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New York City could see historic flooding as up to 6 inches of rain pelts the Northeast

A widespread 3 to 5 inches of rain is forecast to fall over the tri-state area Friday, with 7 to 10 inches possible locally, causing crippling travel delays and severe flash flooding.
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Twenty-three million people were under flood watches across parts of New Jersey, New York and Connecticut on Friday morning with flash flood warnings in effect for parts of Long Island, Brooklyn, Queens, Manhattan and New Jersey.

In some places, flooding was already occurring or imminent and causing severe delays to the subway system in New York City and other travel in the area.

The rain is not expected to let up after the morning hours, and the Northeast could see potentially historic amounts of rainfall Friday into Saturday morning.

Heavy rain causes flooding in New York region
rescue personnel with the Westchester County Emergency Services use rafts as they check buildings for victims trapped in heavy flooding Friday in Mamaroneck, N.Y..Mike Segar / Reuters

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New York City’s rainfall total will likely rank in the top 5 for wettest Septembers on record. If New York City picks up more than 7.13 inches of rain over the 24-hour period on Friday, it will eclipse the record rainfall that fell from the remnants of Hurricane Ida on Sept. 1, 2021.

Much of the area is forecast to pick up 3 to 5 inches of rain, with locally higher amounts of 7 to 9 inches including in and around the New York City metro area. For extreme isolated spots, double-digit rainfall totals were not out of the question.

Heavy Rains Cause Flash Flooding In Parts Of New York City
A vehicle stuck in high water on the Prospect Expressway in Brooklyn on Friday.Spencer Platt / Getty Images

By 9:45 am, most areas around New York City had already eclipsed the 4-inch mark, with some of the highest totals of 6.23 and 4.85 inches recorded over parts of southern Brooklyn. Central Park was already up to 3.28 inches with New York's JFK and La Guardia airports up to 4.22 and 3.3 inches, respectively.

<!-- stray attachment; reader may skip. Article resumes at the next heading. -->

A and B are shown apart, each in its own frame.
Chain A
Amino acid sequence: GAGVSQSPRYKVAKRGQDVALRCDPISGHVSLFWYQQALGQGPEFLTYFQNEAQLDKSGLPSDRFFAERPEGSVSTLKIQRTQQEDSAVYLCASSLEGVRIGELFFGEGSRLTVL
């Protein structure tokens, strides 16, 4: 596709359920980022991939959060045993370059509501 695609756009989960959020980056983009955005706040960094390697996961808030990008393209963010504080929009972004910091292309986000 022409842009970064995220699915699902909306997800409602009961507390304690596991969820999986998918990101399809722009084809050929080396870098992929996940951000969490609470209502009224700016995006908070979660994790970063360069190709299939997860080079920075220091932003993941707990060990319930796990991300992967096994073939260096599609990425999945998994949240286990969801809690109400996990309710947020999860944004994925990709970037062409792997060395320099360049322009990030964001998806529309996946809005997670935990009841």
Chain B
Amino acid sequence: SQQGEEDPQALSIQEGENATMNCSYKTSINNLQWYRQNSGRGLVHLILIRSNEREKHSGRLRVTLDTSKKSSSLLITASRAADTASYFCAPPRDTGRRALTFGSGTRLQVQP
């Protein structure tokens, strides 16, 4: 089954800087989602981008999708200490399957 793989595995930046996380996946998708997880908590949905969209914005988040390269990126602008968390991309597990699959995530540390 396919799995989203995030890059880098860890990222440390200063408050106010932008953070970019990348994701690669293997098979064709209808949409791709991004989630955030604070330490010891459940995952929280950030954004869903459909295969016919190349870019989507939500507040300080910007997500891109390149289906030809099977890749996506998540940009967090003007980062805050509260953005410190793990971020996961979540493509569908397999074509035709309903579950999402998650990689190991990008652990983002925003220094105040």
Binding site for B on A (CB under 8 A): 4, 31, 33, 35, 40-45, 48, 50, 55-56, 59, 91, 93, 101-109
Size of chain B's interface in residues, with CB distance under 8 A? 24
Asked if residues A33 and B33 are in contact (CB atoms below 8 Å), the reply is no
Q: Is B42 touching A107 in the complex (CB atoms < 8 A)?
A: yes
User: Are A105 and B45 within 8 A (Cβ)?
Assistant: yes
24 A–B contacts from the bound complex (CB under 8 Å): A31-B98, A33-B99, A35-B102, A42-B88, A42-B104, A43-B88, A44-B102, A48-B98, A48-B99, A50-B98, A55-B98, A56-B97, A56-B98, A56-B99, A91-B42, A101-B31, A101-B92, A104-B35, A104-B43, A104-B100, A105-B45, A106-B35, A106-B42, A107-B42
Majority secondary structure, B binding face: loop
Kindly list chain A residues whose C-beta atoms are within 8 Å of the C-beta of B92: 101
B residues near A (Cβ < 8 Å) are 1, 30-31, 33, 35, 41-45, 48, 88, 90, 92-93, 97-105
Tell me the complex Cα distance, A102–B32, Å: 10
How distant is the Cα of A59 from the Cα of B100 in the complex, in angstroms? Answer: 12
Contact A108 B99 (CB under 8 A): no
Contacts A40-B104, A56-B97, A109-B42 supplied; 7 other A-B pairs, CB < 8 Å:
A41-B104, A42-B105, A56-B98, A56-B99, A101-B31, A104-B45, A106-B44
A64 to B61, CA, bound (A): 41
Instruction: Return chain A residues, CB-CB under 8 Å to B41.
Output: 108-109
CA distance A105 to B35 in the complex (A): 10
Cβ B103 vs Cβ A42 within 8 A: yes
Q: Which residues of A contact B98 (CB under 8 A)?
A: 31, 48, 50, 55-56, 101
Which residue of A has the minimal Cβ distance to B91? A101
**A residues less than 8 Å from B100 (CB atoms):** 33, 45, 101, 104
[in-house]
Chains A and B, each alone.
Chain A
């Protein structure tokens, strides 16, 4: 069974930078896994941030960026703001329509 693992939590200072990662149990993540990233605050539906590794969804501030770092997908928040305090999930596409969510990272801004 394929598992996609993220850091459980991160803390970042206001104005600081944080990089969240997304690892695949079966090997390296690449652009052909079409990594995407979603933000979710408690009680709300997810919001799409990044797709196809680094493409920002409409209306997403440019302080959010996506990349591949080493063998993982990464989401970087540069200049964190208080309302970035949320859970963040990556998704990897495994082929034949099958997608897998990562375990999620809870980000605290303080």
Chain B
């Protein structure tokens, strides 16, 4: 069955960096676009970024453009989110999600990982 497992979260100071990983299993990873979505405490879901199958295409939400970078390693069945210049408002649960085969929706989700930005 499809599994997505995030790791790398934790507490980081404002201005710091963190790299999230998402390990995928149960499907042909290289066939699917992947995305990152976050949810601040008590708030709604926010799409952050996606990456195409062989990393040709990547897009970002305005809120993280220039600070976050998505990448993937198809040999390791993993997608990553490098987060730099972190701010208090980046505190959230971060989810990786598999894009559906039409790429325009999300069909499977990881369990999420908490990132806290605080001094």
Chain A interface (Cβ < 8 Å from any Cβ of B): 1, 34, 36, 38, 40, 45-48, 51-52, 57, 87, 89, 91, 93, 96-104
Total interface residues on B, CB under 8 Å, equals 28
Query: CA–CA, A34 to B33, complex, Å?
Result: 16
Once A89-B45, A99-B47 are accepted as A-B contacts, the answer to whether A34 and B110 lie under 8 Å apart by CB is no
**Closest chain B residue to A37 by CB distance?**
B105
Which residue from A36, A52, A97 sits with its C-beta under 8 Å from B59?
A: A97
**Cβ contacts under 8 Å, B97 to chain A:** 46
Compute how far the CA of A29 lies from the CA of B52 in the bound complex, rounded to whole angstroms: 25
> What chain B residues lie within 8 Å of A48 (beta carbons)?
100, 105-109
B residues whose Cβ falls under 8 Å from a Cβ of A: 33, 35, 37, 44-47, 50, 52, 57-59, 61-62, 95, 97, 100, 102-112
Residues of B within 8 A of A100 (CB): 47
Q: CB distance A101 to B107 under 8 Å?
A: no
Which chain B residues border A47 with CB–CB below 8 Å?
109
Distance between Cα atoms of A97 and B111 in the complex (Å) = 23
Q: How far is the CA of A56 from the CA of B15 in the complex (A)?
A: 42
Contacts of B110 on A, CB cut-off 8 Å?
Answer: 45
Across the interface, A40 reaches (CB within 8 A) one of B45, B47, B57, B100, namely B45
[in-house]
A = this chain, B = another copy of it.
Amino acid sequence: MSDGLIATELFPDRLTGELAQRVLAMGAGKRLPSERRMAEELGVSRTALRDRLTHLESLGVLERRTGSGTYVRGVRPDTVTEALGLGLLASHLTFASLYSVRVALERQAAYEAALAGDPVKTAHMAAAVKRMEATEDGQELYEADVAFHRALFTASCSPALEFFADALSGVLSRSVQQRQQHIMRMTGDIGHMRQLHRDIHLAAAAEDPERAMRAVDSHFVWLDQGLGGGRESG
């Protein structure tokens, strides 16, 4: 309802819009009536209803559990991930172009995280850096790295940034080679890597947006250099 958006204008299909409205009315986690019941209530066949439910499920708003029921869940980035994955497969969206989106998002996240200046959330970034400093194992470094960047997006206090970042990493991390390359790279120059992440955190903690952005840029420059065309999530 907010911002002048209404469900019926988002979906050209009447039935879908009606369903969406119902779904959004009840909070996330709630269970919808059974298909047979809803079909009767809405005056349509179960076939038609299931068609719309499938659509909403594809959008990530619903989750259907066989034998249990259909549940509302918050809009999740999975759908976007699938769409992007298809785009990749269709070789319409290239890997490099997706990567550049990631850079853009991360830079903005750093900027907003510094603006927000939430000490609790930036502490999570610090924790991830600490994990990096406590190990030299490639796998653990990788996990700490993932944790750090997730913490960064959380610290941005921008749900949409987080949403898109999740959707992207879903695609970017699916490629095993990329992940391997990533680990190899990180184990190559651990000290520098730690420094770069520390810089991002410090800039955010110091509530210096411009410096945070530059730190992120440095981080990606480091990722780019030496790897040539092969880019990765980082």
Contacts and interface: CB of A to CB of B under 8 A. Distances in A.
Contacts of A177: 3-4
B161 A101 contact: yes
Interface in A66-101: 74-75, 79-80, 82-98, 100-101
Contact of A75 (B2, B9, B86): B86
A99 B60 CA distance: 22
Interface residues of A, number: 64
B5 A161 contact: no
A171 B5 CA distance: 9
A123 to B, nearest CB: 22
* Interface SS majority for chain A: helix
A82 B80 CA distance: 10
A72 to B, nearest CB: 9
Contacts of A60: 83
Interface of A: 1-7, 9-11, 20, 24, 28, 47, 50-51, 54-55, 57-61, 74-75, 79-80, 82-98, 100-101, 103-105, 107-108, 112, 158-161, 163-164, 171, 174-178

Rainfall rates of 1 to 2 inches per hour will cause flash flooding, especially in urban areas and those saturated by recent heavy rainfall.

The situation is expected to be a long-duration rainfall event, with the risk of flooding persisting all day Friday, including through the evening rush hour. The axis of heaviest rain was expected to impact the I-95 corridor causing life-threatening conditions on the roadways, and crippling travel delays were likely at all the area airports.

The rain is not expected to end region-wide until Saturday morning for places like New York and Hartford and early Saturday afternoon for Boston.

Coastal areas could see two types of flooding, one from heavy rainfall and the other from high tides exacerbated by the supermoon. River flooding will be a major risk as well.

As the flood event unfolds, forecasters and authorities stressed not to drive through any flooded roadways and use extreme caution around rivers and coastal areas. The majority of flood-related fatalities happen in vehicles.

Three ingredients came together to produce the heavy rainfall. The first is an area of converging air over the Northeast, called an inverted trough, which serves as a trigger point for showers and thunderstorms. The second is a coastal storm off the Atlantic Coast which will provide added moisture and lift contributing to areas of heavier rainfall that will last into Saturday morning.

Motorists drive through floodwaters on FDR Drive in Manhattan near the Williamsburg Bridge on Friday, Sept. 29, 2023.
Motorists drive through floodwaters Friday on FDR Drive in Manhattan near the Williamsburg Bridge.Andrew Kelly / Reuters

Finally, additional tropical moisture feeding into the system can be traced to what was Tropical Storm Ophelia. Despite dissipating earlier in the week, the storm left enough disturbed weather and moisture behind to enhance the current storm system.

Climate change can be linked to an increase of heavy precipitation events. According to Climate Central, the Northeast has seen the greatest increase in heavy precipitation events of any region in recent decades.

Hourly rainfall intensity has also increased in every U.S. region and the nationwide trends of days with 1-, 2- and 3-inch rainfalls are also increasing.